His humour is always present behind the soft-spoken voice and slightly aloof demeanour. “I made the piece (Dead Rat) a few months ago and it was shown at the Art Basel. My gallery in Copenhagen were preparing the exhibition for Basel and the cleaner threw it away, and she didn’t say anything, because she thought it was better that they didn’t know that a rat died on the gallerist’s desk, but of course, it was my work. That was pretty comic.” Shrigley has learned from this, and has a few back-up rats for the show at BALTIC.

The exhibition includes new sculptural works that continue to ask the visitor probing questions, such as Cheers, a pair of grey fishing waders and Wellington boots filled with expanding foam. Other recent works have included stuffed animals and doors, as well as tents and sleeping bags filled with foam that grows uncontrollably, allowing the artist little influence over the final form. “I made this piece last year in Sweden, I spent three weeks in the exhibition space, and I took some expanding foam with me, and I filled up things that I found. These waders were first used for a Peter Greenaway exhibition. There is a lot of failure in filling things up with foam, you have to be prepared that it won’t work sometimes or look aesthetically unsatisfying. It’s great to make a sculpture by filling stuff up.”

Death and destruction also features strongly in Shrigley’s work, and presented for the first time at BALTIC is Gravestone, a macabre life-sized stone engraving with a shopping list on it. In the Shrigley way, he is calling into question the meaning of an epitaph, the meaning of life and the nature of lists. He comments, “I was looking at gravestones and I was thinking what could be written on a gravestone. I’ve always been interested in lists. I am interested how one thing can be synthesized into another and all information can be jumbled, put in the wrong place and suddenly it starts to mean something, but it’s just two things that are in the wrong place. What does that mean? Is it a statement on the nature of what epitaphs can be, how arbitrary epitaphs are or how pointless epitaphs are or how important shopping lists are? I don’t know.”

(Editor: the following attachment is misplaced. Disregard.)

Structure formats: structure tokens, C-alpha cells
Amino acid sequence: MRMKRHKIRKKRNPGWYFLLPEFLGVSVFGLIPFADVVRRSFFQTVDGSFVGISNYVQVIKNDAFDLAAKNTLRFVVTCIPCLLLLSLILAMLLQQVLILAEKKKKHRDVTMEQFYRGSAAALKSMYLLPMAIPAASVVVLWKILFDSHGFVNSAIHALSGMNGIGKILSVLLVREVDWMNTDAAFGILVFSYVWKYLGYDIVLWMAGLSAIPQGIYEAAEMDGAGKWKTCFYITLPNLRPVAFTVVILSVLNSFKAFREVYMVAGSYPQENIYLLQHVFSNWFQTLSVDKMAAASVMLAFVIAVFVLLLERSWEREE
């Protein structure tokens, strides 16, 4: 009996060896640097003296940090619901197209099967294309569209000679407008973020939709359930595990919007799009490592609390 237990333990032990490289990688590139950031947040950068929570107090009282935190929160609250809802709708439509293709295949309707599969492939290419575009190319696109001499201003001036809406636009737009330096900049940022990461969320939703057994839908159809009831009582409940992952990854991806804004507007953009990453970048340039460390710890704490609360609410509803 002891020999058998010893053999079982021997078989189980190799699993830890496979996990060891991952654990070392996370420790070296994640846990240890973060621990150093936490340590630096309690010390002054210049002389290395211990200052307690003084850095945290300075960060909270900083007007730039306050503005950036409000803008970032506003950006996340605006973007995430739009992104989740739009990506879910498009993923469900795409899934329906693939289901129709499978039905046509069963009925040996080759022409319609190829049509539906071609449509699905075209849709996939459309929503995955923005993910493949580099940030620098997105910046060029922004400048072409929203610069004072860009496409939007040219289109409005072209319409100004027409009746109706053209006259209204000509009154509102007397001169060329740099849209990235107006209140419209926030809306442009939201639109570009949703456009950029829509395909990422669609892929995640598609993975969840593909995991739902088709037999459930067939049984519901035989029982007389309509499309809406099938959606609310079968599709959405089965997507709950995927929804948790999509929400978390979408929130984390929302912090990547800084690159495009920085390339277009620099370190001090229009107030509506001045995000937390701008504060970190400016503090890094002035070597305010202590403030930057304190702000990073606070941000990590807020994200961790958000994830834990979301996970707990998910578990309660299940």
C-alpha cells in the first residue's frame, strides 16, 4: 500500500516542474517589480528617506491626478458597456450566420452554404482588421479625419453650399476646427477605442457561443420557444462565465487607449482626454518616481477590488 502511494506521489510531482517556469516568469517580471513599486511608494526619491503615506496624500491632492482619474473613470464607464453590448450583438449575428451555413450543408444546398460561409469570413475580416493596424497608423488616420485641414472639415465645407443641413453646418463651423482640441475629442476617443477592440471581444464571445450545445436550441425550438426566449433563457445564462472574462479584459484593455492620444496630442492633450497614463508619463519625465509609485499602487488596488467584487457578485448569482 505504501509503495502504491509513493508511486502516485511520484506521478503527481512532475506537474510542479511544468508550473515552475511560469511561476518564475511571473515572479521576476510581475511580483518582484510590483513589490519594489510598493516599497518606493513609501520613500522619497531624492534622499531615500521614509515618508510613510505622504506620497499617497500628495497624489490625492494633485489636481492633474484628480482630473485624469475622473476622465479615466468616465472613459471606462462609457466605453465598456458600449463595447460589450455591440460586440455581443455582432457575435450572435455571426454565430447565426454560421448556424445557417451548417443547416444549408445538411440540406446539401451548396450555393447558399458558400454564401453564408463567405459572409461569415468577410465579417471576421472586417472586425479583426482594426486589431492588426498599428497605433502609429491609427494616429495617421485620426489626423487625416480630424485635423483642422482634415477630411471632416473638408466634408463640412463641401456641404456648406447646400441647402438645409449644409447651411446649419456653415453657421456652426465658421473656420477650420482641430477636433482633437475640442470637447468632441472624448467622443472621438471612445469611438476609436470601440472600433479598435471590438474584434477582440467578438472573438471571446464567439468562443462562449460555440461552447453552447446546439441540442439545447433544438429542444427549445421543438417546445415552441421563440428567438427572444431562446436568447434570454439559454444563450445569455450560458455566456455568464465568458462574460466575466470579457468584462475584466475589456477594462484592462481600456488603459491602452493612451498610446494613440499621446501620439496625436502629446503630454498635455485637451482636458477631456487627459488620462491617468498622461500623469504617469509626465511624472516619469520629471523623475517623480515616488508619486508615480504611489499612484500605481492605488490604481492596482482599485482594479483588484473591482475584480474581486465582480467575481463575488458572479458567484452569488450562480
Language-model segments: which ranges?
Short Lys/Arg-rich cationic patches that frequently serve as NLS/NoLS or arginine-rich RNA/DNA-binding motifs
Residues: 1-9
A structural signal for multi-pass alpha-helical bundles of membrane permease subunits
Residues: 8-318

Shrigley’s work is varied, there are a lot ambiguities and metaphors. As a viewer you have a lot of choices to make: take it at face value — a dead rat is a dead rat, or look more deeply into the nature of value systems and ideas. Shrigley says: “I’ve made objects all my life. I’ve never made a conscious decision that I’m going to do this or do that. My work has been a natural progression. The American conceptual artist, Jonathan Borofsky, always impressed me. I went to an exhibition of his and it looked like a group show with ten different artists. That always amazed me and I try to do the same with the exhibitions that I’ve done. I’m interested in a lot of different things at the same time. The criterion is to make something that you think is good and functions well, as an artwork. Success is within its own terms, however modest those terms might be. “

The exhibition continued at BALTIC Centre for Contemporary Art until 9 November 2008.

Cherie Federico